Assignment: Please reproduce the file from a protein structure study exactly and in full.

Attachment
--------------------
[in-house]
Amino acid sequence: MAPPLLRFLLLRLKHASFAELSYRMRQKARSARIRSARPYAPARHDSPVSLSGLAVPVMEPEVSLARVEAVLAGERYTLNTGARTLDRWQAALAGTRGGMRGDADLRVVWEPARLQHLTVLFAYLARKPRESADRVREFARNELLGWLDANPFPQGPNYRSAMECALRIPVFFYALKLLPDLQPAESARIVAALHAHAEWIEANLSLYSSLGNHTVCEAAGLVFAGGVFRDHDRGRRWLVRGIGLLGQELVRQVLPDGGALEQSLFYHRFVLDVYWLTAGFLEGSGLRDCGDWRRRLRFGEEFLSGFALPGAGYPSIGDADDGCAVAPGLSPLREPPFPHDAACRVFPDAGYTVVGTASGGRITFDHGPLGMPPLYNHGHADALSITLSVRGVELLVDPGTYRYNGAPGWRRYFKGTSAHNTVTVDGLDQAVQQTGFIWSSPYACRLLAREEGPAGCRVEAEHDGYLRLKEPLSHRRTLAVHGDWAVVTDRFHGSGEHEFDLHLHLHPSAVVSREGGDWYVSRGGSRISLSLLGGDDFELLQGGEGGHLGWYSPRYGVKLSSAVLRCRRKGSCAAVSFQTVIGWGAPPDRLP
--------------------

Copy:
[in-house]
Amino acid sequence: MAPPLLRFLLLRLKHASFAELSYRMRQKARSARIRSARPYAPARHDSPVSLSGLAVPVMEPEVSLARVEAVLAGERYTLNTGARTLDRWQAALAGTRGGMRGDADLRVVWEPARLQHLTVLFAYLARKPRESADRVREFARNELLGWLDANPFPQGPNYRSAMECALRIPVFFYALKLLPDLQPAESARIVAALHAHAEWIEANLSLYSSLGNHTVCEAAGLVFAGGVFRDHDRGRRWLVRGIGLLGQELVRQVLPDGGALEQSLFYHRFVLDVYWLTAGFLEGSGLRDCGDWRRRLRFGEEFLSGFALPGAGYPSIGDADDGCAVAPGLSPLREPPFPHDAACRVFPDAGYTVVGTASGGRITFDHGPLGMPPLYNHGHADALSITLSVRGVELLVDPGTYRYNGAPGWRRYFKGTSAHNTVTVDGLDQAVQQTGFIWSSPYACRLLAREEGPAGCRVEAEHDGYLRLKEPLSHRRTLAVHGDWAVVTDRFHGSGEHEFDLHLHLHPSAVVSREGGDWYVSRGGSRISLSLLGGDDFELLQGGEGGHLGWYSPRYGVKLSSAVLRCRRKGSCAAVSFQTVIGWGAPPDRLP